Defendant registered with the local board in Newark under the Selective Service System promptly on attaining the age of 18 years. He filled out and returned a standard Classification Questionnaire without claiming to be a conscientious objector and made no request for the special form (SSS No. 150) for such a claim. In January 1965 he was duly classified 1-A. He did not appeal from the classification, but in July 1965 requested and received from the board the conscientious objector form.

On November 1, 1965, the board notified defendant to report for a physical examination on November 16. On November 15, the day before he was to be examined, he appeared personally at the office of the board and spoke with Mrs. Mary Brady, the board's clerk, who immediately made this record of the visit for the board's files:

"Registrant appeared at Local Board stated that he was a conscientious objector but had not sent his SSS 150 back because his mother had torn it up. Registrant stated he was not going to report for preinduction physical examination due to the fact that he was an Islam. I asked him if he would write this information to us."

On the same day defendant mailed a letter to the board specifically claiming that he was a conscientious objector.*fn9

When defendant did not appear for the physical examination on November 16, the board forthwith sent him a delinquency notice which he received on the following day, November 17. Defendant immediately appeared again at the board's office and spoke with Mrs. Brady. Her recorded notation of his visit which appears in the file shows that he evidently had not expected to receive the delinquency notice.*fn10 He asked to see someone in higher authority, and she told him he could come to a meeting of the board which was scheduled for November 19.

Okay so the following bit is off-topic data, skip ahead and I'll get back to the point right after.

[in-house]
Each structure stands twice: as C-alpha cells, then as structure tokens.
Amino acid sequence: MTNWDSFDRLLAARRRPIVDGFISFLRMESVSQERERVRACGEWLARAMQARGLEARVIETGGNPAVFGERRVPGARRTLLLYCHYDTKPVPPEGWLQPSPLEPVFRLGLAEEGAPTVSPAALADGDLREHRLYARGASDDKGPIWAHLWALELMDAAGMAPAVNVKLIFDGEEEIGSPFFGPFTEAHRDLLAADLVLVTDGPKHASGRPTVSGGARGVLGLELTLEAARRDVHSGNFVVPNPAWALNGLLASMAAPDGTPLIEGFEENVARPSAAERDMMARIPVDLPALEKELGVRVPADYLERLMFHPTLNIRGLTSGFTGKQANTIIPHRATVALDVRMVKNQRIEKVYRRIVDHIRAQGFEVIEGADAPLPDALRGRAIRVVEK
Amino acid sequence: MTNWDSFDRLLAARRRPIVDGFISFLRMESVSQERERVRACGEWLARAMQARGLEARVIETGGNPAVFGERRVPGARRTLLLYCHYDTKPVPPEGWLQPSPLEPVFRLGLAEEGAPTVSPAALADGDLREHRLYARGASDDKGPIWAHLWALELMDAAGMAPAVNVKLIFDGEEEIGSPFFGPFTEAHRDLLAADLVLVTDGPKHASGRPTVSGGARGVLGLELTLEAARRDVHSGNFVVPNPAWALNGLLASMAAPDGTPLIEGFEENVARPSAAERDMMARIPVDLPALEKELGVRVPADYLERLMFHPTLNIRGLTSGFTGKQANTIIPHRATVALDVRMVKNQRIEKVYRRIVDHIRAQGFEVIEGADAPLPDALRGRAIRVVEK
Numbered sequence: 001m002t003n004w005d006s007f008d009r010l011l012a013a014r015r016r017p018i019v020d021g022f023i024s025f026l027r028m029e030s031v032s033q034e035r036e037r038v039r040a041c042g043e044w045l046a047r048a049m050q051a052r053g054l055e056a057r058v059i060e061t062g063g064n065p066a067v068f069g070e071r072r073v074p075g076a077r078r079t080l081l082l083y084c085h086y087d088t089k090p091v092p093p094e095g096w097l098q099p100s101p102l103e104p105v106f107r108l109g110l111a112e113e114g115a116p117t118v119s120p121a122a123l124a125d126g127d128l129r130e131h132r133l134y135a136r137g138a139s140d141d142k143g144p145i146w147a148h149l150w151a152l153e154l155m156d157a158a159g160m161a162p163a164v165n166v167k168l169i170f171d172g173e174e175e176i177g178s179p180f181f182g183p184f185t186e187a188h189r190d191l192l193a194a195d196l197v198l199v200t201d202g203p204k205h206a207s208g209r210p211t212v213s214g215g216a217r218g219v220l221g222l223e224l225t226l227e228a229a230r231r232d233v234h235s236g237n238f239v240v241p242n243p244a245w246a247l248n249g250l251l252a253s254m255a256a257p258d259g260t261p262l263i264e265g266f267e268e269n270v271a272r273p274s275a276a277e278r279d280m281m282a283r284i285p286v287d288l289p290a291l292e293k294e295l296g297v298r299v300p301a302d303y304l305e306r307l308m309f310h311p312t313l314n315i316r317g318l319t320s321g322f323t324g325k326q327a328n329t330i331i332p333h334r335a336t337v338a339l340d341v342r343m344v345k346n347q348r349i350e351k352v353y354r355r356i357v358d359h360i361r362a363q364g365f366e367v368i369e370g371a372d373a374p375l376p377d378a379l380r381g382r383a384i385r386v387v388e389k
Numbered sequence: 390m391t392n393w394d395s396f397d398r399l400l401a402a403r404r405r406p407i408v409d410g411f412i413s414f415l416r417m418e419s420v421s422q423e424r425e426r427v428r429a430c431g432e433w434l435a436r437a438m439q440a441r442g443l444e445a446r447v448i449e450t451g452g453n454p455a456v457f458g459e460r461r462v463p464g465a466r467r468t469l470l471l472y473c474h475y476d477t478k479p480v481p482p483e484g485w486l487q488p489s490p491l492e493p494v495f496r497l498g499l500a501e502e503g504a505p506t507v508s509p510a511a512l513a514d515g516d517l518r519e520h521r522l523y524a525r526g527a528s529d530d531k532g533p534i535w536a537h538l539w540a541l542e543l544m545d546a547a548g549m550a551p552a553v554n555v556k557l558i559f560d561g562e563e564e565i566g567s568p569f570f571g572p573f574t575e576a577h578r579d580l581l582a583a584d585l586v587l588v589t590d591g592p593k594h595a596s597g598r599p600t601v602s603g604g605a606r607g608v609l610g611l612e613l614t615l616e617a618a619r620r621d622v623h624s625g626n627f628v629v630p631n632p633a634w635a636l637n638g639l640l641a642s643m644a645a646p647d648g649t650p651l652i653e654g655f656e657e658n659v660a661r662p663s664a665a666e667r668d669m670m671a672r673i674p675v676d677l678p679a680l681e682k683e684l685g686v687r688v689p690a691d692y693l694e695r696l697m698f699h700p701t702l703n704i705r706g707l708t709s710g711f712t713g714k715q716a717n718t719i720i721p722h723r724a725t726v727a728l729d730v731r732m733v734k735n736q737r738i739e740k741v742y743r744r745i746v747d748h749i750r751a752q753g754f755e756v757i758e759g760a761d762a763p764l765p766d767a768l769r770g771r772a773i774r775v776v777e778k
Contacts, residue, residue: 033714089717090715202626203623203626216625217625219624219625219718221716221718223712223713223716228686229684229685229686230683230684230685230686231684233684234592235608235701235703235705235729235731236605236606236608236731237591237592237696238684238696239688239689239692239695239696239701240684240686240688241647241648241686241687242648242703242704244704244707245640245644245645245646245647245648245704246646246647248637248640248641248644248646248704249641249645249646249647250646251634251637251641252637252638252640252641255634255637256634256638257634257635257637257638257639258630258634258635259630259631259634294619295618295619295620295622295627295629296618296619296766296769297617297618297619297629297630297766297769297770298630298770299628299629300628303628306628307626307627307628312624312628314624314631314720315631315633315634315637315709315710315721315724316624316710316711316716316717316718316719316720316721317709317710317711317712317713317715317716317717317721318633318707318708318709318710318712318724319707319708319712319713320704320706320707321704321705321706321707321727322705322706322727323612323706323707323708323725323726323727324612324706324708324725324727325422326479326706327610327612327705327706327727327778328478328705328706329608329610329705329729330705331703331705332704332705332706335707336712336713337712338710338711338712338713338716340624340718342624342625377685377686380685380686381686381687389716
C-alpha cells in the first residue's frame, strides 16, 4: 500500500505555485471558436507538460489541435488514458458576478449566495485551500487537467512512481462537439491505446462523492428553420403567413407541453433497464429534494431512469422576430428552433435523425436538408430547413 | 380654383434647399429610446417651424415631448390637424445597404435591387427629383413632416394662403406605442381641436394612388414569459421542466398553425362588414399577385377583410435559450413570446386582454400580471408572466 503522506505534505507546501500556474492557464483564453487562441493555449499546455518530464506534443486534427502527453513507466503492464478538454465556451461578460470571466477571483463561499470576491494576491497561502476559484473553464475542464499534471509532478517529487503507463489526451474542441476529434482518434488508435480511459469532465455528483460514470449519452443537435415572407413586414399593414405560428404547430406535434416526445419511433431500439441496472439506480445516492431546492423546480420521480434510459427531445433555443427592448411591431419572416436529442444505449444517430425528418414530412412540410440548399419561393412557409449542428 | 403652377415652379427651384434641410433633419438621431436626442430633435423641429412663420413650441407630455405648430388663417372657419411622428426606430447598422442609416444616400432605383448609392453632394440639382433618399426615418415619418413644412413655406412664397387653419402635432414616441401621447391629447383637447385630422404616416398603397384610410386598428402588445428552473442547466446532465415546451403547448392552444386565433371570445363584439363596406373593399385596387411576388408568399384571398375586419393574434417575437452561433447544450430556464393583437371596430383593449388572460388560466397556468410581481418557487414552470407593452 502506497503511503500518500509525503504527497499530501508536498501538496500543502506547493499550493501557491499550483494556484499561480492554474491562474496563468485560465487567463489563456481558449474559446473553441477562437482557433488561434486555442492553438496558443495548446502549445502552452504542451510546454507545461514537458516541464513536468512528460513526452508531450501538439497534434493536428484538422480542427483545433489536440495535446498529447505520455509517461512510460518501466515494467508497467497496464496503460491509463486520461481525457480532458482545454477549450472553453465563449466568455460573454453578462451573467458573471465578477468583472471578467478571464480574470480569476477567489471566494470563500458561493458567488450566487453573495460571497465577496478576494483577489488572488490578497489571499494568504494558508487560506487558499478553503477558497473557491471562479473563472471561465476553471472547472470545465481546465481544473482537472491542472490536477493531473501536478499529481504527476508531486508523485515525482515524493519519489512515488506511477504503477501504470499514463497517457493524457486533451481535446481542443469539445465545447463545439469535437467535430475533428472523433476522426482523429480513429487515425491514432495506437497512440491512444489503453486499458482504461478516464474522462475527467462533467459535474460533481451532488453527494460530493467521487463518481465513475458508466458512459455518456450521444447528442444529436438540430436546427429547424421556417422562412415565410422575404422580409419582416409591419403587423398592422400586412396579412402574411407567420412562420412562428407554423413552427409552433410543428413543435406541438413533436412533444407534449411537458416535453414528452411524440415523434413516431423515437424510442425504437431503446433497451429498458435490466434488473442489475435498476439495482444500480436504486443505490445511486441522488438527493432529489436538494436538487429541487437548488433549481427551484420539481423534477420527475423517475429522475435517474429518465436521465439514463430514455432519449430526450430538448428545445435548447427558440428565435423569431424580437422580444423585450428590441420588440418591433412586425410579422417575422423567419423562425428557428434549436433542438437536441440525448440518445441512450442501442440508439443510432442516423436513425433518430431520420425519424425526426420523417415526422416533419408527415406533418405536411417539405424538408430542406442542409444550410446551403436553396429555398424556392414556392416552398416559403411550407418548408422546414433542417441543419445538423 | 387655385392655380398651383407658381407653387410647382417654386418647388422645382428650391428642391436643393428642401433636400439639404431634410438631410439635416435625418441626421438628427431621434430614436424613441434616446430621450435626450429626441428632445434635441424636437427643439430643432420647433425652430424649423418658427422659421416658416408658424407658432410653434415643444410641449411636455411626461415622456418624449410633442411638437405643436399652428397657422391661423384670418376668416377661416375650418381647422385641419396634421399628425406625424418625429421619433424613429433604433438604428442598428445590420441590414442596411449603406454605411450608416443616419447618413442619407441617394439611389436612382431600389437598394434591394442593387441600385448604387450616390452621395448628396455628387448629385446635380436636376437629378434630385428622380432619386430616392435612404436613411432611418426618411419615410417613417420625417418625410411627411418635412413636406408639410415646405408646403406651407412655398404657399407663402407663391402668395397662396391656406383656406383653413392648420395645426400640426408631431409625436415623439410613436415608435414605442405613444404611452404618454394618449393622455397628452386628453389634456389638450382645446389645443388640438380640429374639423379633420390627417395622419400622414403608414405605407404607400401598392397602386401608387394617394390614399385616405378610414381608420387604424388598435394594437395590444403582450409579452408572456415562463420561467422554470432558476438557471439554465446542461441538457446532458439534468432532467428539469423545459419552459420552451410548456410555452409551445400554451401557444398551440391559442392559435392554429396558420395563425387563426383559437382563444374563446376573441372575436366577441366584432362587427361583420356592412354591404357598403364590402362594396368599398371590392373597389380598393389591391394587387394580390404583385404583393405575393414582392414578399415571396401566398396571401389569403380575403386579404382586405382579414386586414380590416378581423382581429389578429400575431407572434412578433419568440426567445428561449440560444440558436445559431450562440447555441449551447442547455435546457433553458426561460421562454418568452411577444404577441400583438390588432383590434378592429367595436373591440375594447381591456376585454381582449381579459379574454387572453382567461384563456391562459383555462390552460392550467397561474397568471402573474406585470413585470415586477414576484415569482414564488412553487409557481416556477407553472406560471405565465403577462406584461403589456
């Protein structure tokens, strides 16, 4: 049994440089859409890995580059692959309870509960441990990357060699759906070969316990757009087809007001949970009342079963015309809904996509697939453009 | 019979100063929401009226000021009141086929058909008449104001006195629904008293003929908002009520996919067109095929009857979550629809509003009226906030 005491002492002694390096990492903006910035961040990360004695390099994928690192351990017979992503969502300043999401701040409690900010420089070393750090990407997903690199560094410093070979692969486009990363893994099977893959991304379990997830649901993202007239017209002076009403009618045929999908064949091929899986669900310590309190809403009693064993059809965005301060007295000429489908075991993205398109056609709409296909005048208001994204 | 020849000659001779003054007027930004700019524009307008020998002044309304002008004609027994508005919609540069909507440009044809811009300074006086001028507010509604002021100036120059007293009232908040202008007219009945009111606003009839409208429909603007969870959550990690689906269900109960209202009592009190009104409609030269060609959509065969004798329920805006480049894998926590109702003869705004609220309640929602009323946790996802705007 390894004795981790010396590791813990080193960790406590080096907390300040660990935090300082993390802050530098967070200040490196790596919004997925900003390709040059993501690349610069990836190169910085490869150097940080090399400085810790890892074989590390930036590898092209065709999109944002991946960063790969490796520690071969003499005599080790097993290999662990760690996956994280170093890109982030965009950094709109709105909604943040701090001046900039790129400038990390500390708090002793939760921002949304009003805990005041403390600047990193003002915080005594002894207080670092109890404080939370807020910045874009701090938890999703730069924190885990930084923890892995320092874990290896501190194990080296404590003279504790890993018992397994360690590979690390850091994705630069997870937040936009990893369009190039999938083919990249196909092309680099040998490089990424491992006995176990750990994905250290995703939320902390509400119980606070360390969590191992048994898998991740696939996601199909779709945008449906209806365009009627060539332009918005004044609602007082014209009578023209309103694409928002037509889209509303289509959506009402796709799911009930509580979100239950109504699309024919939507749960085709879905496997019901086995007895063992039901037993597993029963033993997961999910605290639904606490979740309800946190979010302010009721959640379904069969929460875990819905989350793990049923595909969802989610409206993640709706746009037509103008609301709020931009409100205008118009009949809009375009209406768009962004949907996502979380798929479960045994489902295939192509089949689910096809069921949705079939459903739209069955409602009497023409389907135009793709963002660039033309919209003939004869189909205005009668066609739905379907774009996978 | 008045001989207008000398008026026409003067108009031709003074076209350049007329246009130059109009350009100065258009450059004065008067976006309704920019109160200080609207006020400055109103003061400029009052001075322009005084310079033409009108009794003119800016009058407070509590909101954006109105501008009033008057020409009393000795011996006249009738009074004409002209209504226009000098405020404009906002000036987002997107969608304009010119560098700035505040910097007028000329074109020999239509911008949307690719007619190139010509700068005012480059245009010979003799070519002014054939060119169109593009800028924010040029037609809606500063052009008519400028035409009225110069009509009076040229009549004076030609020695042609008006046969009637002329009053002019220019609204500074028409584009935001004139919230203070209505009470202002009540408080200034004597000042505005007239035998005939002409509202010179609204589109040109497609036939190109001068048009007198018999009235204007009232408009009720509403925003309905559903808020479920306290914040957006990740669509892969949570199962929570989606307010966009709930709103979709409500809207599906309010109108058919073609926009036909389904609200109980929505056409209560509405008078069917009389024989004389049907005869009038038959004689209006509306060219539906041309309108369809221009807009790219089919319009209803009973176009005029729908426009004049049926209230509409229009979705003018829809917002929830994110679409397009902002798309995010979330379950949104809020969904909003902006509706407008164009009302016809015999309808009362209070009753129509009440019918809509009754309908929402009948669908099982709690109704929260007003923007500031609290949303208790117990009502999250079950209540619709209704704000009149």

It is therefore clear from the government's case that when defendant told the clerk on November 15 that he was a conscientious objector and therefore would not report for the physical examination next day, he was informed that he should send this information to the board in writing, but was not told whether the notice to report next day was still in effect.*fn11 As a result, his failure to report for the physical examination made him a delinquent subject to immediate induction.*fn12 Although at this same interview he also told the clerk that he had not sent his conscientious objector form to the board because his mother had torn it up, he was not advised to obtain and fill out a fresh form, nor was he told that it would be necessary for him to raise his conscientious objector claim in a more detailed manner than his simple statement to the clerk.